"We would not rule out going to the Supreme Court again," said Barry Bressler, a partner at Philadephia's Schnader Harrison Segal & Lewis, who is also the counsel the Ad Hoc Committee of Consumer Victims of Chrysler and the Committee of Consumer Victims of General Motors.
His comments come after the US Supreme Court refused to halt the Chrysler sale on Tuesday night this week. Bressler said some issues in the GM bankruptcy may not be "four square" with what happened in Chrysler, The National Law Journal, a US magazine targeting the legal profession reported.
Bressler and his opponent peers claim GM and the US Treasury Department have made efforts to structure the GM transaction as a so-called "363" sale, as was the case with Chrysler, saying it would be free of claims and interests.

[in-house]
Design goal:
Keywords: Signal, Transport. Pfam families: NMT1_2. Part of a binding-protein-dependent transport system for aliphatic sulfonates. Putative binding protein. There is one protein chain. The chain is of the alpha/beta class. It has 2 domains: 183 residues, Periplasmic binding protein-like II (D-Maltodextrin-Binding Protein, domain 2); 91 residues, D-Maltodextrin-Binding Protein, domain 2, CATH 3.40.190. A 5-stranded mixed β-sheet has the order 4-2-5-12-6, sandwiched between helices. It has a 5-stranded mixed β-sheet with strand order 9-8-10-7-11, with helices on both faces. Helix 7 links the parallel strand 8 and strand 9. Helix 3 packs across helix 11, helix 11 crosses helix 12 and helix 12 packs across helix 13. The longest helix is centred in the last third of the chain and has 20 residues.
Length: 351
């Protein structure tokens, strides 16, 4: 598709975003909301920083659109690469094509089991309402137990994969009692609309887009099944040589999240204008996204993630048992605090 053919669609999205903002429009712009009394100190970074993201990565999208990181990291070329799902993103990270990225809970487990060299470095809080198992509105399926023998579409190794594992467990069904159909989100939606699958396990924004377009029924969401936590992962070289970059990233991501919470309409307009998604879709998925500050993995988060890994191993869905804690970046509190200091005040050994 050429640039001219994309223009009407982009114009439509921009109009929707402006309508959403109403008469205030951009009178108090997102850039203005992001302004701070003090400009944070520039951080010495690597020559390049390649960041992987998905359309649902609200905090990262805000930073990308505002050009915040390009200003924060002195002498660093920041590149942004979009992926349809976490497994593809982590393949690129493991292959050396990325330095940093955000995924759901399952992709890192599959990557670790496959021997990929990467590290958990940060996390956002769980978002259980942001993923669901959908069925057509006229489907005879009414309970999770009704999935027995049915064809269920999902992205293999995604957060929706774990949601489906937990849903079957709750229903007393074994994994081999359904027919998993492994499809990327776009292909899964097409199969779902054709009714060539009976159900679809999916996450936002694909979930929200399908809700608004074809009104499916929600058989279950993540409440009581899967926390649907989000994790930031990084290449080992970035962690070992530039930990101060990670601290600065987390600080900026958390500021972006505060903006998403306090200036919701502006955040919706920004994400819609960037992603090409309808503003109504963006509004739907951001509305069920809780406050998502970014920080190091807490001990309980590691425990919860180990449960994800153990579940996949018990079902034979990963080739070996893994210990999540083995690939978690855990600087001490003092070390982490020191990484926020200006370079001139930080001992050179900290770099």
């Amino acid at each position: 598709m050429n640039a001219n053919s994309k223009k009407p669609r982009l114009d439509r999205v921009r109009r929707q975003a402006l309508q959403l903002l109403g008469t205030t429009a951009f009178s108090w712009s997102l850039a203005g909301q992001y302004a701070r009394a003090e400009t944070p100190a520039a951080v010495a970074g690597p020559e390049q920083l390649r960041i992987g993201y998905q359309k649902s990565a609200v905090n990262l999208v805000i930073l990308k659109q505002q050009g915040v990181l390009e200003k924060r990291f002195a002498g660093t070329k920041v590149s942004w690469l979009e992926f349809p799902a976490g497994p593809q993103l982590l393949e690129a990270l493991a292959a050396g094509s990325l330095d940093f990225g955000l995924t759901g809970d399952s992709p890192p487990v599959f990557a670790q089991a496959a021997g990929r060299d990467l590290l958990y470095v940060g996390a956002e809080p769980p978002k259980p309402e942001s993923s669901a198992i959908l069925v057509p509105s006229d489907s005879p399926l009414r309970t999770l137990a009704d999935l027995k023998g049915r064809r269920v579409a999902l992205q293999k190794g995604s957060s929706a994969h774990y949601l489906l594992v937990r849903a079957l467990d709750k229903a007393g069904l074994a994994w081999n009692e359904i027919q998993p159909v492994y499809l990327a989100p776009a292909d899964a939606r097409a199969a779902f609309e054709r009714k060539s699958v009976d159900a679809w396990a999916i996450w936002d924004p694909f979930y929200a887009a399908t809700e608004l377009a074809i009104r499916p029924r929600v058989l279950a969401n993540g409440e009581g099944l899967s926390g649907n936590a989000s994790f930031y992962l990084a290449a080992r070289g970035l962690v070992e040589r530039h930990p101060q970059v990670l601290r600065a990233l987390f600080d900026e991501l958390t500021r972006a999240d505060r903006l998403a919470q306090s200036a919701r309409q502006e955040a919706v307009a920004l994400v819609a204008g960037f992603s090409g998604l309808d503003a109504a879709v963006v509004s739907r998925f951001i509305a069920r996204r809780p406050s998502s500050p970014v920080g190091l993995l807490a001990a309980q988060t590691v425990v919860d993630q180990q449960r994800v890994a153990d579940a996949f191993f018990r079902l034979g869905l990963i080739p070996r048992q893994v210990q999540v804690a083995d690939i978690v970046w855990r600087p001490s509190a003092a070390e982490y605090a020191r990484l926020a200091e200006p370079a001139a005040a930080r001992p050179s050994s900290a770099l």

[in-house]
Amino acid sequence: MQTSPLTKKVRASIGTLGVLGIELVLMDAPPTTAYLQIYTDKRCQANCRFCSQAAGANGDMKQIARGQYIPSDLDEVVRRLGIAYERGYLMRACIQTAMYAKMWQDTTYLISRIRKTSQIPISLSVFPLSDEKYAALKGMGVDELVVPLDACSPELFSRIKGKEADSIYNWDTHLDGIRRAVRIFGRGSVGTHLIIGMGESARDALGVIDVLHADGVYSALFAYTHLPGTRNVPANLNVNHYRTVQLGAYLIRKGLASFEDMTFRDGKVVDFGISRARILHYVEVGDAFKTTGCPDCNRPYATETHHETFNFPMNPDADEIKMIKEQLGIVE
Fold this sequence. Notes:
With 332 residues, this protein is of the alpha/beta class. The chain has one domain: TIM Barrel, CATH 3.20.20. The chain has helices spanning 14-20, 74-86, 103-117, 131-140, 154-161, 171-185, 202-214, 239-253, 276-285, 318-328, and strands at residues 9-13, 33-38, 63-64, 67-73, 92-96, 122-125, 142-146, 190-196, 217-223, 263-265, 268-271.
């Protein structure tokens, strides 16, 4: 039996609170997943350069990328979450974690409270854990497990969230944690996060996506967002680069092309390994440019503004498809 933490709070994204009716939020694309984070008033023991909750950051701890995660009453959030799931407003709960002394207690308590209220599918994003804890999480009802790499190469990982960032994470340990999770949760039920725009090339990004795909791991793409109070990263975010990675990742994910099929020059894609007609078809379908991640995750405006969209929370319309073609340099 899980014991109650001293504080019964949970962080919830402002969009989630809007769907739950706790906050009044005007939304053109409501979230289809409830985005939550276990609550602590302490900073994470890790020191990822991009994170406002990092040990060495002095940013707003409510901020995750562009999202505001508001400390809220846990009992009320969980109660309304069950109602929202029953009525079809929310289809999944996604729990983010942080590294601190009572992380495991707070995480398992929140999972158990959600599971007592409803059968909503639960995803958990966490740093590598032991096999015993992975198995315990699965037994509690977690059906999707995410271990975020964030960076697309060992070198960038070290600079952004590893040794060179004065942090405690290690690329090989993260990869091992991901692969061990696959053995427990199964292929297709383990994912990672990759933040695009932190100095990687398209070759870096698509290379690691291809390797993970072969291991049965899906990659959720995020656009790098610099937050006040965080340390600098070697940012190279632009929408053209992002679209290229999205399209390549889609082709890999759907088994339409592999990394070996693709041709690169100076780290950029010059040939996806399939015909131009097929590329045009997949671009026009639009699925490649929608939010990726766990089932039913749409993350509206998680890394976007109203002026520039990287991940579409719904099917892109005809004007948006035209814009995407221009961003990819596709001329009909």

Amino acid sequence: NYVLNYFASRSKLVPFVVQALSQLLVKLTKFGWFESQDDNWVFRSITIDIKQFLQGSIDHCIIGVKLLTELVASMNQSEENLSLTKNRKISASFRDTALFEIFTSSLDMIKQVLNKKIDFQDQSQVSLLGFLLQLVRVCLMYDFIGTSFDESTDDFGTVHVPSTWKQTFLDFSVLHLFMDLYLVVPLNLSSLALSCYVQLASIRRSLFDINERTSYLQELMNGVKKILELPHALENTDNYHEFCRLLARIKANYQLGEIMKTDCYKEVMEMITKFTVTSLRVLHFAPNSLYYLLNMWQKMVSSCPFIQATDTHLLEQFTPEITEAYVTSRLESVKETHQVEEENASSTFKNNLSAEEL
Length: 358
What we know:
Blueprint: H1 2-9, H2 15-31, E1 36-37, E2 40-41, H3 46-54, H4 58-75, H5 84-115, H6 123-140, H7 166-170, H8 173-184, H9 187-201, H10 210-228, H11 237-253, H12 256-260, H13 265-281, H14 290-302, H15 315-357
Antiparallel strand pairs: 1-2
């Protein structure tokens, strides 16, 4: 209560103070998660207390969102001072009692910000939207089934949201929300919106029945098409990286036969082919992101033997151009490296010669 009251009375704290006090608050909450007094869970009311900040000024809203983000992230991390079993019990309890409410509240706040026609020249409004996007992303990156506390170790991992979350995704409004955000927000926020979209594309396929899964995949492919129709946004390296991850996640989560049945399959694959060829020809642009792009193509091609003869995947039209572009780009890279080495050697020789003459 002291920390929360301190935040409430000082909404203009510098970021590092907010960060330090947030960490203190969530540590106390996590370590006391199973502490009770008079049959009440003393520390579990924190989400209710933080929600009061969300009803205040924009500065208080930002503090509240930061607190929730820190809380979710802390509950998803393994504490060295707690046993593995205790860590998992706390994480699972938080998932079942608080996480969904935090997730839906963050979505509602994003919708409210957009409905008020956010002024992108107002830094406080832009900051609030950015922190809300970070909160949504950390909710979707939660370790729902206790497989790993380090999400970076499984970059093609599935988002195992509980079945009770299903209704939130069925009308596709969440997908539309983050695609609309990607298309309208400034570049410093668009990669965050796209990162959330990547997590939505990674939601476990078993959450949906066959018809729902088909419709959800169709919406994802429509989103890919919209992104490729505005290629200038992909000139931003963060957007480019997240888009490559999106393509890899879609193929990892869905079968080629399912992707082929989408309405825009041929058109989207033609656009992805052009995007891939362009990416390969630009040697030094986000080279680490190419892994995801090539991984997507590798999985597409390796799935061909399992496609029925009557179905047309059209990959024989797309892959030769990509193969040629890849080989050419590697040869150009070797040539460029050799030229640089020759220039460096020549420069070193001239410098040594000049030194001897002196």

"In GM, there is no third-party buyer. Hopefully, that means there's a stronger case for tort claimants as a whole," he said. The legal focus now shifts to the GM bankruptcy, but the Chrysler case is not over in the Supreme Court.
Bressler and consumer groups have filed a petition for review, asking justices to hear their arguments on the pending and future claims issues.